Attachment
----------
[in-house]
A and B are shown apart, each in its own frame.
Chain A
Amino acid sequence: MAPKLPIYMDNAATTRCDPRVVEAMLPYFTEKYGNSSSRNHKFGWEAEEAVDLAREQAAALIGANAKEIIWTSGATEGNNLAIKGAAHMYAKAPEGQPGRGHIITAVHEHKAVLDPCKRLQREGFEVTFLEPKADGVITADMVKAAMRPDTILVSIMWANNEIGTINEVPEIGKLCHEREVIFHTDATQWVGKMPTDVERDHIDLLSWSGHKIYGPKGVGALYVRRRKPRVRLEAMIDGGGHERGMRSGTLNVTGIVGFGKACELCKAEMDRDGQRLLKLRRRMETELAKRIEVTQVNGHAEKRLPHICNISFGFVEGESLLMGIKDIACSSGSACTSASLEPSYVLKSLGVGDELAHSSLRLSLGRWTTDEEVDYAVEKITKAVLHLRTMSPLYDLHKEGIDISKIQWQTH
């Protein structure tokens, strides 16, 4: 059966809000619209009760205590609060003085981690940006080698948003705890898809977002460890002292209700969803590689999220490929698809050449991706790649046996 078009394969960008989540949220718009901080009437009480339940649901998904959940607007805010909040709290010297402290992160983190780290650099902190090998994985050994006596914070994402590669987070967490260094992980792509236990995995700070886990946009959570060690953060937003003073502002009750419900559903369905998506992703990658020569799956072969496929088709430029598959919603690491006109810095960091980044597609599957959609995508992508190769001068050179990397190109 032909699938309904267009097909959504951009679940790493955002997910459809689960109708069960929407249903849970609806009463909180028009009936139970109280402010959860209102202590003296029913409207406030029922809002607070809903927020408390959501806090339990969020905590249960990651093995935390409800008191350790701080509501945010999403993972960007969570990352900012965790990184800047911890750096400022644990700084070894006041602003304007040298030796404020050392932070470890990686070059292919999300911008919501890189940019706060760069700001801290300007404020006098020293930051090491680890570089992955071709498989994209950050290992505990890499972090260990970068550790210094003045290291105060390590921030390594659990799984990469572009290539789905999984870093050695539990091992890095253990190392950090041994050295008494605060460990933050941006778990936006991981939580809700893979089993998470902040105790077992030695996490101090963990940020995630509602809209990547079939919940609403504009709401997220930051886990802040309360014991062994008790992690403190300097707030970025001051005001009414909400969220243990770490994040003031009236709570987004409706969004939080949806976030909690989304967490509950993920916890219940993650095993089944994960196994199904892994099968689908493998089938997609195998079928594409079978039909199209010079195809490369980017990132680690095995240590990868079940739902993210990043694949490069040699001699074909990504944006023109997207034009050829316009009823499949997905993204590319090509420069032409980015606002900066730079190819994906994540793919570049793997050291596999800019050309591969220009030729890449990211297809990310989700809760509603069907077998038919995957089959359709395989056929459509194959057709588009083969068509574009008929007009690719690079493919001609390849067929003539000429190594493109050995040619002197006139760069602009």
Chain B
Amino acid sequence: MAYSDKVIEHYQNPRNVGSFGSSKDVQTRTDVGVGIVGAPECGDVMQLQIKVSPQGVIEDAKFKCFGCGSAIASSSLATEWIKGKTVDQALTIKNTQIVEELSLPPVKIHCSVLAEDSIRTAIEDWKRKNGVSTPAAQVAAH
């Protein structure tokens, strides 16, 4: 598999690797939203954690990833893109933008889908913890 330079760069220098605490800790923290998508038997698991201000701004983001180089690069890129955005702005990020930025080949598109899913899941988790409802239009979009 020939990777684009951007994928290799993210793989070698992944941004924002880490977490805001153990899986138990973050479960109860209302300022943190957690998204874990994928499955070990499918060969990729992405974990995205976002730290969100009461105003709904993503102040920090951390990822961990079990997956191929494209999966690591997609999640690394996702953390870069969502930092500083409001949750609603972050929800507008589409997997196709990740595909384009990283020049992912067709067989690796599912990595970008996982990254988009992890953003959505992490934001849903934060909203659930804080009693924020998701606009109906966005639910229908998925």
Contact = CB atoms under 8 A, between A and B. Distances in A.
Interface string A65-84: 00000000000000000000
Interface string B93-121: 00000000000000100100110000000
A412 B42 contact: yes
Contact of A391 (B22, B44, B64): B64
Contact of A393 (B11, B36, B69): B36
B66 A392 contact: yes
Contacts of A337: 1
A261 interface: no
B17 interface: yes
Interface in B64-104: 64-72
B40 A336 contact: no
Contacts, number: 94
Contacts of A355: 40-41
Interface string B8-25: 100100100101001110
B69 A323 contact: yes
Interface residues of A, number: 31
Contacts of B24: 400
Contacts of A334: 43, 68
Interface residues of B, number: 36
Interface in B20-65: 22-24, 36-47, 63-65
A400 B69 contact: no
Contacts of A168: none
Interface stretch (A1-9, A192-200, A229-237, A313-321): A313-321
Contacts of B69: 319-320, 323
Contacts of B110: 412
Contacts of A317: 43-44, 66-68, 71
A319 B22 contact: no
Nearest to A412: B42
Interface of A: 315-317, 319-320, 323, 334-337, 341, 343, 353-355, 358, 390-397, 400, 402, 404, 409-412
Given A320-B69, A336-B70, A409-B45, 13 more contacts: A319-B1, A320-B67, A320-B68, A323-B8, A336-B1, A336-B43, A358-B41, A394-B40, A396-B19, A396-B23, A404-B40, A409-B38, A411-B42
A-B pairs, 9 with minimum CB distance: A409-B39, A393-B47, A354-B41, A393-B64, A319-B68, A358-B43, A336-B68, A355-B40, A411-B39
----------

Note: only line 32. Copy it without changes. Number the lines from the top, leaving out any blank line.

Interface stretch (A1-9, A192-200, A229-237, A313-321): A313-321